War of the Rebellion: Serial 073 Page 0389 Chapter L. REPORTS,ETC.- ARMY OF THE CUMBERLAND.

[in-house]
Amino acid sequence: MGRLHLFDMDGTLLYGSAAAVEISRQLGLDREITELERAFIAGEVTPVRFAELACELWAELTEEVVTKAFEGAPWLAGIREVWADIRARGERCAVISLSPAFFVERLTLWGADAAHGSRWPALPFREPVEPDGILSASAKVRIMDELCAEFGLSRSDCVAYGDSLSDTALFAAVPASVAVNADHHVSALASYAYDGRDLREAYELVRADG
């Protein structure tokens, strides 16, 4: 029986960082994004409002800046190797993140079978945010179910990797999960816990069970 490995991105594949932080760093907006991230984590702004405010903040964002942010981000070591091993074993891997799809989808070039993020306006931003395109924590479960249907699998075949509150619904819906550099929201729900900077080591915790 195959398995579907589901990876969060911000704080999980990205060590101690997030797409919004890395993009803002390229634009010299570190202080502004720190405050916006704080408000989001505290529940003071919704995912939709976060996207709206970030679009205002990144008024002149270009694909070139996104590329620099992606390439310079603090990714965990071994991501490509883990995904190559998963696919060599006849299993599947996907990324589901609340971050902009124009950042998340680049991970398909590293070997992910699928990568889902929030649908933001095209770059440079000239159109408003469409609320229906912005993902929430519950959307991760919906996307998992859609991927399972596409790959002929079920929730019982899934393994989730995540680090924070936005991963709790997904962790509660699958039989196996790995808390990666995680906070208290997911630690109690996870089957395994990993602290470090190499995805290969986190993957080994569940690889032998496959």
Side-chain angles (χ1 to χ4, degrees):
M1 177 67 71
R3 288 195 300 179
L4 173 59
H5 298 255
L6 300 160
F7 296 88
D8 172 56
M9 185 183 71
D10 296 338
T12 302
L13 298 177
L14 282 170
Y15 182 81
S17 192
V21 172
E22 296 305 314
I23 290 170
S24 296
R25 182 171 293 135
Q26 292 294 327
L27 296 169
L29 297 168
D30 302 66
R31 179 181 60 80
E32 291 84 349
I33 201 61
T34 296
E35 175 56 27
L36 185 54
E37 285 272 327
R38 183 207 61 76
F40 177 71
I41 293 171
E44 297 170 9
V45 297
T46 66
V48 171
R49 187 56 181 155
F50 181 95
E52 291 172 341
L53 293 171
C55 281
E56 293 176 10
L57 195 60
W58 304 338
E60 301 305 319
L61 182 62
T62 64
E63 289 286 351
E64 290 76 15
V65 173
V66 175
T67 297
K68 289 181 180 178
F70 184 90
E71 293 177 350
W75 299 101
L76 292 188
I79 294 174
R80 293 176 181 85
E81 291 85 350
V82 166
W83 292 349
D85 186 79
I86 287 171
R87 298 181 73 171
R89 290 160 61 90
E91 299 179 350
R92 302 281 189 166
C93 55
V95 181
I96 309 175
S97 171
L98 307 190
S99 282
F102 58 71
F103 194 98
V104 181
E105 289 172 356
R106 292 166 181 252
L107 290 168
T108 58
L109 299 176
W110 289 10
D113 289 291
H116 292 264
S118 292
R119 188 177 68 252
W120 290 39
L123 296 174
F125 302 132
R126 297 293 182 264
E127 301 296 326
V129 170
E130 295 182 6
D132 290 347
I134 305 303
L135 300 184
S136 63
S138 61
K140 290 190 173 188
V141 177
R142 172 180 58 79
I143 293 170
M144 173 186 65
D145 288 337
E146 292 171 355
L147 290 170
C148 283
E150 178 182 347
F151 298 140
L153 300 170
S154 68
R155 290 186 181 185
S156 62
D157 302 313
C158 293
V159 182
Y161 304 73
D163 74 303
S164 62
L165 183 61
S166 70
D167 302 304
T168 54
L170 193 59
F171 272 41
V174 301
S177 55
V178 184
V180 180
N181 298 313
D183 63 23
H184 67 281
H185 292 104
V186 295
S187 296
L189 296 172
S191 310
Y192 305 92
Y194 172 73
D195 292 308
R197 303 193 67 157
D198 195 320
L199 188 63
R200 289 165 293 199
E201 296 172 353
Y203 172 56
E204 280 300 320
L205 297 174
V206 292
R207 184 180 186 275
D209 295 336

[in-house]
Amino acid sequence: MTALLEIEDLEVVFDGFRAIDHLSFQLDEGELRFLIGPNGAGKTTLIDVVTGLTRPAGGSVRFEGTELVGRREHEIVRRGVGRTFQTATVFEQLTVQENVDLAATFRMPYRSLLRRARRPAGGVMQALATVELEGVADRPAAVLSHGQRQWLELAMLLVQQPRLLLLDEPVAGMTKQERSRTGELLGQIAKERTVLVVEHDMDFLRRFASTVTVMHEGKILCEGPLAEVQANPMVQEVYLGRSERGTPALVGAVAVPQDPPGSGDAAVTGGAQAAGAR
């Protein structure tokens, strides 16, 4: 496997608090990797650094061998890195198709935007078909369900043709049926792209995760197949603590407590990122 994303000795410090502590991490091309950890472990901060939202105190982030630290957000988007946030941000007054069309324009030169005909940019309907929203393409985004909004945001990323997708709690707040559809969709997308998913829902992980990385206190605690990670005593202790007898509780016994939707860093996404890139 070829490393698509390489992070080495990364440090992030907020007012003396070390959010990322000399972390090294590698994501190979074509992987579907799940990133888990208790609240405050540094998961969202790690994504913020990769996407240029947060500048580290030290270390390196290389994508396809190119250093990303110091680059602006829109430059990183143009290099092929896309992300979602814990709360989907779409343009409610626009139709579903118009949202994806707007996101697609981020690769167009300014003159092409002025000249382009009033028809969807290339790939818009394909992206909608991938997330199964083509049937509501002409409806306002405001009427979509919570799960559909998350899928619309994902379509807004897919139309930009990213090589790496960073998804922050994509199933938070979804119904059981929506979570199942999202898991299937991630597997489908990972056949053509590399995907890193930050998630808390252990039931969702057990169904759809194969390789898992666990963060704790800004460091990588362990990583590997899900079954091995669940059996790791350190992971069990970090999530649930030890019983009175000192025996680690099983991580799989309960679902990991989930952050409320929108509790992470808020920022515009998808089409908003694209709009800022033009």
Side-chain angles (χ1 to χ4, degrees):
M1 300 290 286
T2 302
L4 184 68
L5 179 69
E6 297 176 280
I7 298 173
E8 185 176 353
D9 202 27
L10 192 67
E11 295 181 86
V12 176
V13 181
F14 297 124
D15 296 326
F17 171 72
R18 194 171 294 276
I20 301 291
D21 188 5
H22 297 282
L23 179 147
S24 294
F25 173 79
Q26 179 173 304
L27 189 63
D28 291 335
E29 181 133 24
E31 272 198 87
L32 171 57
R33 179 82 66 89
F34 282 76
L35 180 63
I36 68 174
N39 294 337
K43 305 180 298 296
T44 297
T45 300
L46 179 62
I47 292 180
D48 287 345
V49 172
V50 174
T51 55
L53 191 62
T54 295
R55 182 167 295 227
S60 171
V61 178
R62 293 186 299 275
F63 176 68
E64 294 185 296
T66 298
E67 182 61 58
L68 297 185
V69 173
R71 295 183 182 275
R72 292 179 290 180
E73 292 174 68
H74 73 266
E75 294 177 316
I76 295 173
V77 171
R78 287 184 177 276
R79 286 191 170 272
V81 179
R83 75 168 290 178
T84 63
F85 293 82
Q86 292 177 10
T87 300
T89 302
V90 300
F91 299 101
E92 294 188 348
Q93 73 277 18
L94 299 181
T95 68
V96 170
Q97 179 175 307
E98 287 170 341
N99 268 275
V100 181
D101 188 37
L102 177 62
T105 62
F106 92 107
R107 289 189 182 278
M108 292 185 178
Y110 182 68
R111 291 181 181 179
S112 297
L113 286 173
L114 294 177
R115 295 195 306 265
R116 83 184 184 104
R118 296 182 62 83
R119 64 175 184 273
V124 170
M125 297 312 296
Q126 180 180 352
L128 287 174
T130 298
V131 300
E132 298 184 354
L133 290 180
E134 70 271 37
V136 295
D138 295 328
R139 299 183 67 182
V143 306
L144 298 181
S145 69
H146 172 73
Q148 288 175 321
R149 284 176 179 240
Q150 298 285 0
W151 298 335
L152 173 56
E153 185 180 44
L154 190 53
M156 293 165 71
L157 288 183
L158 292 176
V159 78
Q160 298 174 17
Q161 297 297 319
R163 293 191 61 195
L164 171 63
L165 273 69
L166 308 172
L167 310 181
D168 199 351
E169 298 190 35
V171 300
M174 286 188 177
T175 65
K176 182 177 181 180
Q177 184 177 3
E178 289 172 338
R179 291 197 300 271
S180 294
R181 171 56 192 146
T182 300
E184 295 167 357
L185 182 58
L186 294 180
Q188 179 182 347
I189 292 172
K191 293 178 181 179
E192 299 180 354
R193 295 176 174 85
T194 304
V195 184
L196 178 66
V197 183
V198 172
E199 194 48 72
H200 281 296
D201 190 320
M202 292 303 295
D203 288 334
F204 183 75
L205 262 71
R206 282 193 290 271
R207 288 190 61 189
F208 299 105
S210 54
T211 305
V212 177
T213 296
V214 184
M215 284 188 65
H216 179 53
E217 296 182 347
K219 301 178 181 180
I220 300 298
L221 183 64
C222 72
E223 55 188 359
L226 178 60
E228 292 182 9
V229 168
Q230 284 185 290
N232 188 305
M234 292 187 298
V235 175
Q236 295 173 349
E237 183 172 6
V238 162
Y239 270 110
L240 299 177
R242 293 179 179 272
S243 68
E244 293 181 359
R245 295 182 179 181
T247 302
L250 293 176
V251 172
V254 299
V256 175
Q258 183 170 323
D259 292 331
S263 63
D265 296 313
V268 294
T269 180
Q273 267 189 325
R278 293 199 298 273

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the Fourteenth Corps having preceded ours at this point. The brigade having advanced about three miles, encamped near Nancy's Creek, a branch of Peach Tree Creek, and on the Buck Head road. July 18, the brigade at noon advanced toward Buck Head in line of battle some two miles,it having been ascertained that the Fourth Army Corps was already in that place. We marched by the flank and encamped near Buck Head for the night, on the right of the road, with the division. July 19, the brigade remained in same camp. July 20, the brigade, in advance of and with the division, moved toward Atlanta, due south, and at 11 a.m. crossed Peach Tree Creek with the division at a point brigade by Newton's division, of the Fourth corps, our division having orders to fill the interval between Newton's division and Geary's division, of the Twentieth Corps, which crossed to our right and below us. The pickets of the enemy occupied the position we were ordered to assume. Two regiments were ordered to advance as skirmishers. My brigade furnished the Twenty-second Wisconsin, under command of Lieutenant Colonel Edward Bloodgood, who promptly advanced, covering almost the entire front and leaving but a small for the One hundred and thirty-sixth New York, of the Third Brigade. The skirmishers of the enemy were driven off and pursued nearly half a mile form out the valley and over a low range, of hills to the south, where the skirmishers halted,joining to those of the Fourth Corps on the left and of General Geary on the right,who likewise advanced. Peach Tree Creek is a narrow and muddy stream, about forty feet wide and very deep,varying from four to twelve feet,and impassable,except by bridges. The valley is narrow, being about 200 yards wide at our position, level and cleared; the hills rise gradually from it to the south some 70 feet in 400 yards. Here these slopes in our front were for the most part cleared, and, except on the left, where there is a small thick grove of pine, a great portion of the space is clothed with a thin growth of young pines and sassafras. Passing over the first ridge thus covered a wooded narrow ravine is reached, and running along its bottom a small stream toward the west into a branch of the creek, on which there is a mill. Still beyond the ravine to the south rises the ridge higher and entirely cleared, and on its top there is a road running from the Buck Head and Atlanta road westwardly by the mill to the river. Along this road were stationed the advance of our skirmishers, overlooking a field some third of a mile to the south, and covering our division front. The division was formed in the valley some 200 yards from the creek, fronting south. The Third Brigade was on the left, joining the Fourth Corps, the Second Brigade in the center, and the First Brigade on the right. The Second Brigade formed,with the Thirty-third and Eighty-fifth Indiana Regiments in front, the former under command of Major Levin T. Miller, the latter under command of Lieutenant Colonel A. B. Crane; the Nineteenth Michigan in the second line, commanded by Major John J. Baker, the Twenty-second Wisconsin being on the skirmish line in front. At about 3 o'clock in the afternoon I was informed that the enemy was advancing in force in our front. I at once went to General Ward's headquarters and informed him of the fact and asked leave to advance my brigade to a better position in front. At first General Ward replied that it was against General Hooker's order and could not be done, but on second thought he directed me to advance, if the rebels made a charge. On returning I went to the front, informing